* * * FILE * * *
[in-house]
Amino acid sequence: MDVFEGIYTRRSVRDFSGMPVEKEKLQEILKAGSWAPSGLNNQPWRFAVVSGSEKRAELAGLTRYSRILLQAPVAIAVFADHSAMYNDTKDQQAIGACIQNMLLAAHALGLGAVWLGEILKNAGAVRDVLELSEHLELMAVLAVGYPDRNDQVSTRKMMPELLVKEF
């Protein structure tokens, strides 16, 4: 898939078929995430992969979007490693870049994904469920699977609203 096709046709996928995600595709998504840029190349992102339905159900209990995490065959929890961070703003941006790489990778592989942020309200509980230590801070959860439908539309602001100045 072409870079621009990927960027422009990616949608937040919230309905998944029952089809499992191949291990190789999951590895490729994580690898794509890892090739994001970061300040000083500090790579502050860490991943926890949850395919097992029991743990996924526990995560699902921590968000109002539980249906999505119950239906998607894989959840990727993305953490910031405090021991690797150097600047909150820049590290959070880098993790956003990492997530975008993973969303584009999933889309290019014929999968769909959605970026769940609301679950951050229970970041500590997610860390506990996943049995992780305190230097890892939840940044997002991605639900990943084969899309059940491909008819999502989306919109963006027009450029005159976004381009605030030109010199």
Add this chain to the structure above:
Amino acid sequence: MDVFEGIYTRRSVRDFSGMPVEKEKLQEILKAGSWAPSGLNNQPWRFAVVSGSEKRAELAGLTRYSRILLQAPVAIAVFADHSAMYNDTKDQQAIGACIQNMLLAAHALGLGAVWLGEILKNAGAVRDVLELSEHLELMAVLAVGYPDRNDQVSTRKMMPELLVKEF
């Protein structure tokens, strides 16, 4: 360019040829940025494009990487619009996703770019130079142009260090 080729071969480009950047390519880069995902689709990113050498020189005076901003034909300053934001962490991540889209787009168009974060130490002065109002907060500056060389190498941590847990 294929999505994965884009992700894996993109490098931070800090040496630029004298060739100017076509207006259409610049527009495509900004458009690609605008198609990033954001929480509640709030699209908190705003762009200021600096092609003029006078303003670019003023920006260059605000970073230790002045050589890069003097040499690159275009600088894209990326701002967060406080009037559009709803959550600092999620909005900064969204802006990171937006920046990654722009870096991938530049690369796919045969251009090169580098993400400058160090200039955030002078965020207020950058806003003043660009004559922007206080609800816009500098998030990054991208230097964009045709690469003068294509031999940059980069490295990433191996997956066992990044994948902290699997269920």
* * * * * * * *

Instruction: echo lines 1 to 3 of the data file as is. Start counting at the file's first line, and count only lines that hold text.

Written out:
[in-house]
Amino acid sequence: MDVFEGIYTRRSVRDFSGMPVEKEKLQEILKAGSWAPSGLNNQPWRFAVVSGSEKRAELAGLTRYSRILLQAPVAIAVFADHSAMYNDTKDQQAIGACIQNMLLAAHALGLGAVWLGEILKNAGAVRDVLELSEHLELMAVLAVGYPDRNDQVSTRKMMPELLVKEF
């Protein structure tokens, strides 16, 4: 898939078929995430992969979007490693870049994904469920699977609203 096709046709996928995600595709998504840029190349992102339905159900209990995490065959929890961070703003941006790489990778592989942020309200509980230590801070959860439908539309602001100045 072409870079621009990927960027422009990616949608937040919230309905998944029952089809499992191949291990190789999951590895490729994580690898794509890892090739994001970061300040000083500090790579502050860490991943926890949850395919097992029991743990996924526990995560699902921590968000109002539980249906999505119950239906998607894989959840990727993305953490910031405090021991690797150097600047909150820049590290959070880098993790956003990492997530975008993973969303584009999933889309290019014929999968769909959605970026769940609301679950951050229970970041500590997610860390506990996943049995992780305190230097890892939840940044997002991605639900990943084969899309059940491909008819999502989306919109963006027009450029005159976004381009605030030109010199």